Originally created 10/03/04

A second look at The Great Debate



Last week, City Ink promised to rehash The Great Debate. Not the great presidential debate, but radio station 107.7 FM's great debate between District 22 state Senate candidates Charles Walker and Don Cheeks.

But after about 20 minutes of listening to the tape, City Ink had a better idea: Ask the candidates to recount their shining moment and the three biggest lies their opponents told. (They each volunteered four, which we will report in installments during coming weeks.) In alphabetical order:

THEIR SHINING MOMENT: Mr. Cheeks: "I don't remember. I haven't heard the debate. And when you're in the heat of debate, you don't know how it went off. ... Charles had his children and two or three other people there taping it. He's probably heard that tape two or three times. I've got other things to do."

After about 15 minutes of cajoling the senator to think back, he said:

"It wasn't necessarily a high point, but I found it amusing when Charles said he delivered, and I agreed that he did deliver, but I also asked him who got the money that he delivered. Who did he help the most? He didn't answer. What could he say?"

Mr. Walker: "My finest moment was when Don Cheeks indicated that he and Sonny Perdue were good friends. I was able to point out to him he might have been a good friend of Sonny Perdue, but I don't think Sonny Perdue was his good friend because of all the cuts we've received in Augusta, Ga.

"And when I was Senate majority leader, Roy Barnes was my friend, and the people of Augusta, Ga., benefited from that.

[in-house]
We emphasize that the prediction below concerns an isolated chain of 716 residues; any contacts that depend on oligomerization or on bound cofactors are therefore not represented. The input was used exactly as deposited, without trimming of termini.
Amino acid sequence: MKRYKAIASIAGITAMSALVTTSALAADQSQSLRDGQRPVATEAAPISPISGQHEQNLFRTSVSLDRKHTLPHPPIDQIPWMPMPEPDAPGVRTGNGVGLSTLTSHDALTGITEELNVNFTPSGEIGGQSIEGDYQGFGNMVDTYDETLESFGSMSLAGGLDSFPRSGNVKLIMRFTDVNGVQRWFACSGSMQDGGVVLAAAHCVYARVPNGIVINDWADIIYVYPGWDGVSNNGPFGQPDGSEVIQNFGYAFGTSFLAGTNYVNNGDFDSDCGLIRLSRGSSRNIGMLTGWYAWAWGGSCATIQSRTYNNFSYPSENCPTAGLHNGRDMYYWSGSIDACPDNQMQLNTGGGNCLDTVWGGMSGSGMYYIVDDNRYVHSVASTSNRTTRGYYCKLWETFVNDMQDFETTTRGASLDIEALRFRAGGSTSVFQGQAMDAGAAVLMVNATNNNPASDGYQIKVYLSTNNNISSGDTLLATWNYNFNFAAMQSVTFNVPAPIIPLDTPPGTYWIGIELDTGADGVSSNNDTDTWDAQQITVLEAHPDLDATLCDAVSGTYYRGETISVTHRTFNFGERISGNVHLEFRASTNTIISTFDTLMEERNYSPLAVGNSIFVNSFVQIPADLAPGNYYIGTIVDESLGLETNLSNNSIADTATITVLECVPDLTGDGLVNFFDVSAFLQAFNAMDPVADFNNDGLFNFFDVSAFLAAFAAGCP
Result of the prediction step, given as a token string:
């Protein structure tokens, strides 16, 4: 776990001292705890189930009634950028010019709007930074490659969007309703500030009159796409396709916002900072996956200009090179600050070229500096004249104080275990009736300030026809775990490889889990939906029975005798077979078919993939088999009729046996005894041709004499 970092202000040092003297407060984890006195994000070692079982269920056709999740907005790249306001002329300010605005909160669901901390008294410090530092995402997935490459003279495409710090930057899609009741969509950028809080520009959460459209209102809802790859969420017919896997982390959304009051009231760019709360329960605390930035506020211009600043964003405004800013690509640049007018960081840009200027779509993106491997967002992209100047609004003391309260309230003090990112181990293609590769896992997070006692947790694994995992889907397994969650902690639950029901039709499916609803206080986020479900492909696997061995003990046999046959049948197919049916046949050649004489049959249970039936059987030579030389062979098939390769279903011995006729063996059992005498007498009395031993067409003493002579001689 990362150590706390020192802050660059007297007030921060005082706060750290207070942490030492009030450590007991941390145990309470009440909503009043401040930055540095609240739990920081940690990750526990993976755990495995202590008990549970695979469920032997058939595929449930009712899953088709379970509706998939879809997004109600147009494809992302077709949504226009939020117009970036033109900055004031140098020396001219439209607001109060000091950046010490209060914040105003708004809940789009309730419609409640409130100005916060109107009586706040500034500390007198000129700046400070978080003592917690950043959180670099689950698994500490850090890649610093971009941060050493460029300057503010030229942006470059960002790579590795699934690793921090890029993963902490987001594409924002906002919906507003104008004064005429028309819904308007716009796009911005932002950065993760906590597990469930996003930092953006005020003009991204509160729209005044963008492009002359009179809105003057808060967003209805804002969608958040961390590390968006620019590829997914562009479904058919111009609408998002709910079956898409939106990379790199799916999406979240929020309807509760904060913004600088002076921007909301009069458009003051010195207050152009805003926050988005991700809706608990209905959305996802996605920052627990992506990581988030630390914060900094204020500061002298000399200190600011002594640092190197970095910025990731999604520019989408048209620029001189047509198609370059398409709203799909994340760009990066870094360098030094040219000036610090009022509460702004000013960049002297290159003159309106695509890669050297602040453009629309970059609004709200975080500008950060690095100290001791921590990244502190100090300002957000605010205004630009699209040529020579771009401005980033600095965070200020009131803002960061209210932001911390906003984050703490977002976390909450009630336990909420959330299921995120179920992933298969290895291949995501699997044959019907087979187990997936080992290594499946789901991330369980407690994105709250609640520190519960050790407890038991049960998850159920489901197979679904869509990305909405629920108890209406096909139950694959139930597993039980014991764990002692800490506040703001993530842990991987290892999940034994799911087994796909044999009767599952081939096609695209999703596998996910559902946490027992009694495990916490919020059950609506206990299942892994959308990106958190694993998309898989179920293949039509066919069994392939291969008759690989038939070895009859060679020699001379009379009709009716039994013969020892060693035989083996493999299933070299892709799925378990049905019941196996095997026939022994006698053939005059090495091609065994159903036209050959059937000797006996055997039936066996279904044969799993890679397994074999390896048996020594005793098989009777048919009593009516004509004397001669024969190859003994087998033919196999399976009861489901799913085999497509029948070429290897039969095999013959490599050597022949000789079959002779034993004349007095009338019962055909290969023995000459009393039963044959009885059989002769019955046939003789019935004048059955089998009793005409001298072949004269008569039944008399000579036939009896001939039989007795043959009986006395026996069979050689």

"We built two new buildings at Augusta State University, and we funded projects at the Medical College of Georgia, $20 million to the Augusta Neighborhood Corporation. All Cheeks can do is talk about why we can't get anything done. That was my finest moment."

THE LIES: Mr. Cheeks: "I think he lied when he was talking about the pharmacy, about he was going to open it. He's not. The Board of Regents is not going to have any money. They're cutting students and everything else.

"He says, 'I'm going to get it started back up.' Why is he going to start back up what he did away with? Every time I say something, he says he didn't when the record shows he did.

"He, with Tom Allgood, removed it out from under the Board of Regents and put it under MCG Health Services. The Legislature voted on it. They did because he was leading the fight. He led the fight, hoping to make a profit off of it."

Mr. Walker: "One lie was he claimed that the pharmacy at the Medical College of Georgia was closed because Tom Allgood and I separated the hospital from the medical college. And that was a big lie because we didn't have the authority to do that.

"The medical college is operated by the Board of Regents, and the Legislature had absolutely nothing to do with the separation of the hospital from the medical college, and Cheeks knew it."

COMING ATTRACTIONS: Lies 2, 3 and 4. I can hardly wait. Can you?

  Listen to the candidates debate
(RealPlayer plug-in)

9,999,999 TEARS TO GO: Two years ago on the Garden City stage

The mayor's race was all the rage.

Five good folks had their hats in the ring

Hoping to become the next big thing.

But oh, what a toll time doth exact

From one and all, and that's a fact.

Ed McIntyre has gone to his heavenly reward.

Robin Williams may be facing an exercise yard.

Bonnie Ruben has been summoned to court

On hotel fire-code violations, we're sad to report.

They almost handcuffed her and hauled her away

'Cause the inspector got impatient that day

When Ms. Ruben didn't come out post haste

And sign a citation. He had no time to waste.

He didn't care the woman was busy